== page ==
There are five hot buttons included in our online Hot Button test:Conflict Dynamics Profiles, Training and Workshops at Talent Tools

  • Abrasive

  • Aloof

  • Self-Centered

  • Unappreciative

  • Untrustworthy

These are but a subset of the total Hot Button test included in the Conflict Dynamics Profile (CDP) so you may have other hot buttons as well.

In addition to hot buttons the CDP provides a comprehensive overview of both constructive and destructive responses to conflict as well as organisational perspectives on conflict behaviours. We invite you to learn more about the CDP instrument, reports and training.

Below you will find information about your particular hot button, and how to cool it. This information is taken from the book, Managing Conflict Dynamics-A Practical Approach, which comes with the CDP. and provides practical advice for how to deal more effectively with conflict.

Your hot button is ALOOF

The worst sin toward our fellow creatures is not to hate them, but to be indifferent to them; that's the essence of inhumanity. George Bernard Shaw

Those who are aloof isolate themselves, do not seek outside input, and are not open with others. They are detached and distant. Communication with an aloof person tends to be formal and sparse. When an aloof manager delegates tasks, for instance, s/he may do so without providing enough guidance as to what to do, how and when to do it, and within what limits.

Aloof individuals' "hands-off" style may also result in a lack of feedback regarding performance, and this can leave people with a great deal of uncertainty about where they stand and whether their work is acceptable. This style can also, however, be beneficial, in that it encourages independence and self-sufficiency. Take advantage of your freedom from oversight and guidance; become self-reliant.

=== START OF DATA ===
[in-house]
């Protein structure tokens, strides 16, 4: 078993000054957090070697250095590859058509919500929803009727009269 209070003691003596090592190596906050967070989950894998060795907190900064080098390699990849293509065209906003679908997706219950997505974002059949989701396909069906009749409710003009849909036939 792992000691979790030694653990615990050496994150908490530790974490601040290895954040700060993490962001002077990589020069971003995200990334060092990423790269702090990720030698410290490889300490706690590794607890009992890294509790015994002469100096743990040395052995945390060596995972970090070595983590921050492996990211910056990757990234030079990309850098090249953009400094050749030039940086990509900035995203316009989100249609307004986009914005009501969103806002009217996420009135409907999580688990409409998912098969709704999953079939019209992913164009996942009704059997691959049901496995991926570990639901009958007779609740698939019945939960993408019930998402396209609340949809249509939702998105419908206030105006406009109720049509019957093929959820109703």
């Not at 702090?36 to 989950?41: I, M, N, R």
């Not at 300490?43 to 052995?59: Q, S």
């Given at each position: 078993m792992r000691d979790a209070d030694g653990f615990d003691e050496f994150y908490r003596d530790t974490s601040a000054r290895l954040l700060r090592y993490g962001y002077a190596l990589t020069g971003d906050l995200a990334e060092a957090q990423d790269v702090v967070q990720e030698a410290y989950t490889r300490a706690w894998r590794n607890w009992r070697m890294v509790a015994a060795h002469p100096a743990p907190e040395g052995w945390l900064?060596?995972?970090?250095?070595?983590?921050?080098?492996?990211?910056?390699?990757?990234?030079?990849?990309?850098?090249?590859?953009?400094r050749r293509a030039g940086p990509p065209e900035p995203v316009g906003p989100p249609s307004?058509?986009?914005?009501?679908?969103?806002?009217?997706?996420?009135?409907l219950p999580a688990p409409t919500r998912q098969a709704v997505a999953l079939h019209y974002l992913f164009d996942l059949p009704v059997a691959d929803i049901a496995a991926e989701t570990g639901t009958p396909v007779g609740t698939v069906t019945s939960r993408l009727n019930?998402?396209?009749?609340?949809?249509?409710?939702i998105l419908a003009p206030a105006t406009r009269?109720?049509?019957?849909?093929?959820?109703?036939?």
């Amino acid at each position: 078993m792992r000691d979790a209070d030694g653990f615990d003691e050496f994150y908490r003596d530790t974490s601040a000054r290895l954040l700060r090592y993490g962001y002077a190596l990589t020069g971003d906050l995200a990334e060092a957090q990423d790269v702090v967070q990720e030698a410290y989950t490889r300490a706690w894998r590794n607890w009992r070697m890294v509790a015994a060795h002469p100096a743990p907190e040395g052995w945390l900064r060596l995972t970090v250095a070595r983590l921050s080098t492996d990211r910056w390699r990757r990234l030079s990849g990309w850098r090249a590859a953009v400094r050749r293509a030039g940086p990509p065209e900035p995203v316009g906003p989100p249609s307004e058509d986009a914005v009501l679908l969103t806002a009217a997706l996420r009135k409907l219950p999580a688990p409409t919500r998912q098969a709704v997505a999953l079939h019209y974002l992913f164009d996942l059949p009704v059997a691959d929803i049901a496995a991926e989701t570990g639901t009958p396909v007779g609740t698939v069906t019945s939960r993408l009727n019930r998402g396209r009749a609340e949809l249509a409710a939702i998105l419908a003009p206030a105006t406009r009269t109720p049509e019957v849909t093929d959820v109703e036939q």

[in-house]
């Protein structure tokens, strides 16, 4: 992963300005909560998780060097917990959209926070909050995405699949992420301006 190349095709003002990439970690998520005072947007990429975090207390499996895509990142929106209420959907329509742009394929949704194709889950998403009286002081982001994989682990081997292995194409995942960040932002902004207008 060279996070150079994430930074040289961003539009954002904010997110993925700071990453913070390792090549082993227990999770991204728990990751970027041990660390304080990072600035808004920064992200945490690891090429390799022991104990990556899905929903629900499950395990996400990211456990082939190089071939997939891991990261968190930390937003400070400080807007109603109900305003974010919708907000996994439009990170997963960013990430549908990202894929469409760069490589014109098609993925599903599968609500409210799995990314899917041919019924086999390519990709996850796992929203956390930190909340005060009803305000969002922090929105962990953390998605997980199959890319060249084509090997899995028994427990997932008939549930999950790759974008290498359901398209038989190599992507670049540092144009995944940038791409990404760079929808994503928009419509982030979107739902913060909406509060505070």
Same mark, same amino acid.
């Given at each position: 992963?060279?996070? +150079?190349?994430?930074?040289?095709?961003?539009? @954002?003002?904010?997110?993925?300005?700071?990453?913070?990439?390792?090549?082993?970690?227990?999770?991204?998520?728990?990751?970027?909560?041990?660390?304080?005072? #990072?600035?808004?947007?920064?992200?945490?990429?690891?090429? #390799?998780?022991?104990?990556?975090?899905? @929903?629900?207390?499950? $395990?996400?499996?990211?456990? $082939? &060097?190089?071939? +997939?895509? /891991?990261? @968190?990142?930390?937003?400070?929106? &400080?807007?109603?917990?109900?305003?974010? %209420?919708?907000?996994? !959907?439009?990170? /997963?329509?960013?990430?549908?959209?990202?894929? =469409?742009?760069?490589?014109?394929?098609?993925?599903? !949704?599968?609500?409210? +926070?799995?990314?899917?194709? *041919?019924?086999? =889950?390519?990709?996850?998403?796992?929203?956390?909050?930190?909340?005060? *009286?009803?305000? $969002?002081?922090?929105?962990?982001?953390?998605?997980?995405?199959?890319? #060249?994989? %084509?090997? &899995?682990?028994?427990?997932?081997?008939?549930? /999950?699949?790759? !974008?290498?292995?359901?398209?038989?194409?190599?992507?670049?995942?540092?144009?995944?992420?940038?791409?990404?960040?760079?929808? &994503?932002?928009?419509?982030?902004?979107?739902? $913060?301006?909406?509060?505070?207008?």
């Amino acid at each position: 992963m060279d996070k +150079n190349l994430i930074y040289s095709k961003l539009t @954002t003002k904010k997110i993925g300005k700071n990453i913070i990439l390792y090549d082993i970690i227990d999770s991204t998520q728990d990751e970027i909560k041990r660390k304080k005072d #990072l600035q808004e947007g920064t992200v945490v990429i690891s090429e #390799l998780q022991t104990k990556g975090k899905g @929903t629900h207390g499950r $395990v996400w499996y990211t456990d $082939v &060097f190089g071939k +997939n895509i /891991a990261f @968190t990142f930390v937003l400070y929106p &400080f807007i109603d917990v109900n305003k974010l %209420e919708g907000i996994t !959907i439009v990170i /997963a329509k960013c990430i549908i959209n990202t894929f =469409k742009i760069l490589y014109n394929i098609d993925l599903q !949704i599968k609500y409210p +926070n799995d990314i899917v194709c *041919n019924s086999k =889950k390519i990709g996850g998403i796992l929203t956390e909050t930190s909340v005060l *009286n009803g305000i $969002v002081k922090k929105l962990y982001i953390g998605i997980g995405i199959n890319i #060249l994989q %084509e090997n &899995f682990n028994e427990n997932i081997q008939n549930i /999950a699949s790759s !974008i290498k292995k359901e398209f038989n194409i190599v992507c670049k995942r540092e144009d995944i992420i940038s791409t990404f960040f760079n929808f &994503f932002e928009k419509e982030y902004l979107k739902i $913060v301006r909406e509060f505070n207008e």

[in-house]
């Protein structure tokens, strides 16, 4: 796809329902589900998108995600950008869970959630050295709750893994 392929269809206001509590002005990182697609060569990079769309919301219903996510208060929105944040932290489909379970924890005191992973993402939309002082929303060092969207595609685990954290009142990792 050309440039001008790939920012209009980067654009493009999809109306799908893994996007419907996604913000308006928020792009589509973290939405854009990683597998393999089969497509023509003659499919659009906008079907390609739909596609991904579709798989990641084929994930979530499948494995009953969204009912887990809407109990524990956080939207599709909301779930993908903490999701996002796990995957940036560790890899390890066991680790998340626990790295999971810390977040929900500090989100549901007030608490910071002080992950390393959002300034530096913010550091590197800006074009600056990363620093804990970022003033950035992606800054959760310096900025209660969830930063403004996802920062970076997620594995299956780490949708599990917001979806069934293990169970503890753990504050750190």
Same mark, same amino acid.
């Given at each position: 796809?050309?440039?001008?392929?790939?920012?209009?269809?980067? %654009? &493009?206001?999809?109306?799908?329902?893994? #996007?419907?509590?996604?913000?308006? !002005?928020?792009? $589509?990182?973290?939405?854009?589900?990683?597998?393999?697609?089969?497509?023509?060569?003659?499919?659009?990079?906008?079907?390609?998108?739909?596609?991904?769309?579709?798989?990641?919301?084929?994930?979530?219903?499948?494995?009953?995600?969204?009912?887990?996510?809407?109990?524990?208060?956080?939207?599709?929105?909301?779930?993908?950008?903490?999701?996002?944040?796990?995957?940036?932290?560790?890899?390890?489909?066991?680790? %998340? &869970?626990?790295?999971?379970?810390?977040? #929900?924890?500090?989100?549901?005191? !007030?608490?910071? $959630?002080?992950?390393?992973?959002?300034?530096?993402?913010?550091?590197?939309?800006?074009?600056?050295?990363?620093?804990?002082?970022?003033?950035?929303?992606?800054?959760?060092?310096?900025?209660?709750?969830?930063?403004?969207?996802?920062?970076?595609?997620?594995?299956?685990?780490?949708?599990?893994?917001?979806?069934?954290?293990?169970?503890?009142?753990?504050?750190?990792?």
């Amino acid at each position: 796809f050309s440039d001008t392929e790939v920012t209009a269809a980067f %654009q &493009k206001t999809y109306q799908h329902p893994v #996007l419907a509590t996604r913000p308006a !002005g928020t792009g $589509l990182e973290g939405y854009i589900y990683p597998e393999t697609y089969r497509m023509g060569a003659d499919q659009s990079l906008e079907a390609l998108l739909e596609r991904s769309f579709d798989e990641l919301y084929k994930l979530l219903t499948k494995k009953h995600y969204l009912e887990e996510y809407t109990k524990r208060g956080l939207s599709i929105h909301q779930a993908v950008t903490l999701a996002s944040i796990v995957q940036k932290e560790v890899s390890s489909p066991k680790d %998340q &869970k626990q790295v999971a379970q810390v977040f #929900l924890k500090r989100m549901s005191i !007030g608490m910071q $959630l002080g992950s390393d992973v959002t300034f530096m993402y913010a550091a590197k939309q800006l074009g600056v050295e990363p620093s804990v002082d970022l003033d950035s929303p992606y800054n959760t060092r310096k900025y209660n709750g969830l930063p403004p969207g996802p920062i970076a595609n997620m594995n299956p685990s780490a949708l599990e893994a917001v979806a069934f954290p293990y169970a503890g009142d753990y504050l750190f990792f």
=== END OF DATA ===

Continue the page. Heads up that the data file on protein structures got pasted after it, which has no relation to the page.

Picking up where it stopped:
Cooling Strategies

Begin with Reflection Questions.
  • Why is the aloof Button Hot for me rather than Cool?
  • The next time my aloof Hot Button is pushed, how do I want to feel? How do I want to respond?
  • Why might the aloof person be acting this way (shyness, anxiety, hostility, self-doubt, places a high value on self-reliance and independence, etc.)?
  • In what alternative ways do I want the aloof button pusher to behave?
  • Given my understanding of my aloof Hot Button and the button pusher, which Cooling Strategies would be most useful?

In a non-accusatory yet direct way, tell aloof individuals you want more contact with them.

  • Explain that their help will allow you to do a better job.
  • Be specific about what you want (weekly planning sessions, delineation of your authority, increased supervision, etc.).
  • Be specific about how this will help you, them, and the organisation.

Emphasise that you:

  • Value their knowledge and experiences.
  • Sincerely want their opinions, insights, and guidance.

Encourage participation in discussions by asking open-ended questions such as:

  • "What's your opinion?"
  • "How do you view the task ahead of us?"
  • "What problems do you foresee?"

Counteract an aloof person's attempts to postpone an issue or problem.

  • Acknowledge his/her feelings: "I know this may be uncomfortable for you, but we can't ignore the problem any longer."
  • Stand your ground. Firmly state: "We need to resolve this right now."

Make an effort to get to know the aloof person.

  • Start small. Greet them with a smile and a friendly "How are you today?" Listen to the answer.
  • Make small talk at a time and place that will be comfortable for them.
  • Ask about their families and hobbies. Be interested and friendly, not intrusive.

Be a role model.

  • Foster an atmosphere of open communication.
  • Offer your opinions, insights, and guidance.
  • Get to know your co-workers.

Dynamic Fact: According to our research, managers are more irritated than non-managers by co-workers who are aloof.

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